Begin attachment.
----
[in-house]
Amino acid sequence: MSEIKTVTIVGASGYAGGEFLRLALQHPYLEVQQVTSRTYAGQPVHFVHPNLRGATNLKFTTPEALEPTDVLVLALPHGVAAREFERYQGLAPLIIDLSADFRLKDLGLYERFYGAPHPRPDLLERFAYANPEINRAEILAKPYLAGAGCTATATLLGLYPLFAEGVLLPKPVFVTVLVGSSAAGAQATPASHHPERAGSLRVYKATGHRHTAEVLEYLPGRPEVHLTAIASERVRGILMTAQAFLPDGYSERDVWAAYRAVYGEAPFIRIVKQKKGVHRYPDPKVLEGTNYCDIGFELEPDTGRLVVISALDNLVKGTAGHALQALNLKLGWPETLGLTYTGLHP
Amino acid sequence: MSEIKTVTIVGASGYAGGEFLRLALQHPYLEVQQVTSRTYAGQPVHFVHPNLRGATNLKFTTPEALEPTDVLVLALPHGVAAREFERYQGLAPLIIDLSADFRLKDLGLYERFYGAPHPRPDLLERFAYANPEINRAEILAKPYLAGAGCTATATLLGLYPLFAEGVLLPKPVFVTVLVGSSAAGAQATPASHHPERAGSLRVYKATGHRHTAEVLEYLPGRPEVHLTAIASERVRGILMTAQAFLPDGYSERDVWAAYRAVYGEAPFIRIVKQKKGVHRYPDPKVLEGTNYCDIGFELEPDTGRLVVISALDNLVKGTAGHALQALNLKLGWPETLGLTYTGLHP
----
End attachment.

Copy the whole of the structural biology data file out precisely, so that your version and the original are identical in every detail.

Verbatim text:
[in-house]
Amino acid sequence: MSEIKTVTIVGASGYAGGEFLRLALQHPYLEVQQVTSRTYAGQPVHFVHPNLRGATNLKFTTPEALEPTDVLVLALPHGVAAREFERYQGLAPLIIDLSADFRLKDLGLYERFYGAPHPRPDLLERFAYANPEINRAEILAKPYLAGAGCTATATLLGLYPLFAEGVLLPKPVFVTVLVGSSAAGAQATPASHHPERAGSLRVYKATGHRHTAEVLEYLPGRPEVHLTAIASERVRGILMTAQAFLPDGYSERDVWAAYRAVYGEAPFIRIVKQKKGVHRYPDPKVLEGTNYCDIGFELEPDTGRLVVISALDNLVKGTAGHALQALNLKLGWPETLGLTYTGLHP
Amino acid sequence: MSEIKTVTIVGASGYAGGEFLRLALQHPYLEVQQVTSRTYAGQPVHFVHPNLRGATNLKFTTPEALEPTDVLVLALPHGVAAREFERYQGLAPLIIDLSADFRLKDLGLYERFYGAPHPRPDLLERFAYANPEINRAEILAKPYLAGAGCTATATLLGLYPLFAEGVLLPKPVFVTVLVGSSAAGAQATPASHHPERAGSLRVYKATGHRHTAEVLEYLPGRPEVHLTAIASERVRGILMTAQAFLPDGYSERDVWAAYRAVYGEAPFIRIVKQKKGVHRYPDPKVLEGTNYCDIGFELEPDTGRLVVISALDNLVKGTAGHALQALNLKLGWPETLGLTYTGLHP